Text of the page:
Leading Stories, Articles

October 9th, 2019

Link between video games, violence again examined

By Catherine Robertson Souter

Following recent mass shooting tragedies that killed 31 people in El Paso, Texas and Dayton, Ohio, President Trump condemned the “glorification of violence in our society,” specifically “the gruesome and grisly video games that are now commonplace.” This claim of a link between the tragedies and the use of video games was repeated by other lawmakers, who claimed that the rise of video game use is directly linked to the rise in gun violence. But is it true? Does playing violent video games cause violent behavior? Or, maybe more importantly, would removing these types of games from our culture curb [More]

October 9th, 2019

Adventure programs: Learning to confront and overcome fears

By Phyllis Hanlon

The benefits of engaging in outdoor activities have been well documented. The American Academy of Pediatrics (AAP) suggests that play in an outdoor environment enables children “…to explore both their world and their own minds.” AAP adds that outdoor activity can enhance “…creativity, curiosity and associated developmental advances.” Some residential schools are embracing this message and offer a variety of adventure and wilderness programs for children with behavioral issues. The residential program at Mountain Valley Treatment Center in Plainfield, New Hampshire, accepts children with a variety of diagnoses, from anxiety, obsessive-compulsive disorder (OCD) and depression to autism, eating disorders, and [More]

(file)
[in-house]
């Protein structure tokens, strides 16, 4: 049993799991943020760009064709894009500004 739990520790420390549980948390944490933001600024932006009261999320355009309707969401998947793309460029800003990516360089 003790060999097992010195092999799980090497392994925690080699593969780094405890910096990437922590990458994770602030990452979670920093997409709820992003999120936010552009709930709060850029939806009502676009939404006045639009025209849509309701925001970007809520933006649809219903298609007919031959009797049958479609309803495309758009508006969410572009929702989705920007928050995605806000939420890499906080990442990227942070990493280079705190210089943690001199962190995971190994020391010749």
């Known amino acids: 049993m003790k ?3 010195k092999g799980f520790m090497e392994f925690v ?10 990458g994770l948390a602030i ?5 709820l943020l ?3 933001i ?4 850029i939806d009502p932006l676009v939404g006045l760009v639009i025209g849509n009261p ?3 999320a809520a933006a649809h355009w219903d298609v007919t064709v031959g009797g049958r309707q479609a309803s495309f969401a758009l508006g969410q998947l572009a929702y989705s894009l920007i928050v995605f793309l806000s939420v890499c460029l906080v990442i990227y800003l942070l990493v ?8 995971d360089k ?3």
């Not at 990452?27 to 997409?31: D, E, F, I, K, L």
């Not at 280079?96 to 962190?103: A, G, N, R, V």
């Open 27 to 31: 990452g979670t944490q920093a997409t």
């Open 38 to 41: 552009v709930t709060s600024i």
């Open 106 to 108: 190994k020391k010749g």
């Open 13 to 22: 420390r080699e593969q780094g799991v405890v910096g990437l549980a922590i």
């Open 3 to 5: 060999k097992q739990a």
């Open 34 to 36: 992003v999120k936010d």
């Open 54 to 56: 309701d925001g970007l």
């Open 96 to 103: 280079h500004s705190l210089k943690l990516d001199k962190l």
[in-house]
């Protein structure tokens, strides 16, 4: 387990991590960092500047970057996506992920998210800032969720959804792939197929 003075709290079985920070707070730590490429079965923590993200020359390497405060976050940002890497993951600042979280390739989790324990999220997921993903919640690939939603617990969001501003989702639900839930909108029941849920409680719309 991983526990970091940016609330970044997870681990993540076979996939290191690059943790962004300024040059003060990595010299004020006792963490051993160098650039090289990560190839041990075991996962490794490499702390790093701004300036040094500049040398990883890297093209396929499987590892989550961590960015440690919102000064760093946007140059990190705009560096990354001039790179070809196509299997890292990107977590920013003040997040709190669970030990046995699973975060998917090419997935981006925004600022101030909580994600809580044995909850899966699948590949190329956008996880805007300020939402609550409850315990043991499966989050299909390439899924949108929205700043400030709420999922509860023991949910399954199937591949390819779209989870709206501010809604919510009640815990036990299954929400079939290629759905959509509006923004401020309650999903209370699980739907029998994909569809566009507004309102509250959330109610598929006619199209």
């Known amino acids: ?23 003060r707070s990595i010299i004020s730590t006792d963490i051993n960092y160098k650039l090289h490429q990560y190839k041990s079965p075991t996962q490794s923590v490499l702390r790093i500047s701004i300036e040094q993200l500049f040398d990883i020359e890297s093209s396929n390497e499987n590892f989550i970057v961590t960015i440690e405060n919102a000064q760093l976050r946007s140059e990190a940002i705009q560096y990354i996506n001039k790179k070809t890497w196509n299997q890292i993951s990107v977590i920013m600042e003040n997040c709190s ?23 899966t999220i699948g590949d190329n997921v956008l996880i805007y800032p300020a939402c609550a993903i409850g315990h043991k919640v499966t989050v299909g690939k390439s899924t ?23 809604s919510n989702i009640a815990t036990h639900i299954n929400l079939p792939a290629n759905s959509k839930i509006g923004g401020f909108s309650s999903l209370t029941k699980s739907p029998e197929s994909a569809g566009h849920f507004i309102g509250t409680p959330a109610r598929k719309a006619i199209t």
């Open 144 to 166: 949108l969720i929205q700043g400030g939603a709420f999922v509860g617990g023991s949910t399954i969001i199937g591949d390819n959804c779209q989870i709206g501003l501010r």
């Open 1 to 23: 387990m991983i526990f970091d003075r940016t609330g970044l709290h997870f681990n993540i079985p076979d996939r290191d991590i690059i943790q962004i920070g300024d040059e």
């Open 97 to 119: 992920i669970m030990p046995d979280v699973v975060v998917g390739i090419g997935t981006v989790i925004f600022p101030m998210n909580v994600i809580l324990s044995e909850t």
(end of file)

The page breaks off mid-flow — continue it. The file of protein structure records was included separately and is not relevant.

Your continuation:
August 28th, 2019

Even providers need help overcoming addiction stigma

By Janine Weisman

The instructor is explaining what addiction is to a group of health care providers at the Veterans Administration Connecticut Healthcare System campus in West Haven. But while the instructor talks, all of the physicians, nurses, administrators, psychologists, chaplains, social workers, and others assembled in the conference room are holding their breath. Fifty seconds into the discussion, the participants in this mini-residency on substance use disorders are not really focused on the topic anymore. But once they resume normal breathing, it’s an opening to talk about what addiction can feel like, said Brent A. Moore, Ph.D., research psychologist at VA Connecticut [More]

August 28th, 2019

Dismissal of three legal insanity cases causes stir in VT

By Eileen Weber

Three cases—two murder and one attempted murder—were dismissed in Vermont’s Chittenden County by State’s Attorney Sarah George as a result of legal insanity defenses. Some called her decision to dismiss into question, specifically Governor Phil Scott who asked Attorney General T.J. Donovan to review these cases. George, however, felt the governor’s reaction was insulting and set a bad precedent. In a tweet in early June responding to Scott’s request for review, George made it clear that she feels his move is politically motivated. “It is awful that our mental health agencies are failing us, but real leadership requires digging in [More]

August 28th, 2019

Research: Number of suicides continues to rise

By Susan Gonsalves

Surge seen especially in young males New research found that suicide rates reached their highest recorded levels in adolescents and young adults, particularly males aged 15 to 19. Appearing in the medical journal JAMA, the research analyzed data on U.S. deaths between 2000 and 2017 from the U.S. Centers for Disease Control and Prevention’s Underlying Cause of Death database. Oren Miron, MA, research associate at Harvard Medical School’s Department of Biomedical Informatics, led the study. His interest in the topic sparked from personal experience. Miron’s high school friend committed suicide. “My friend was bullied. I realized it’s an age where [More]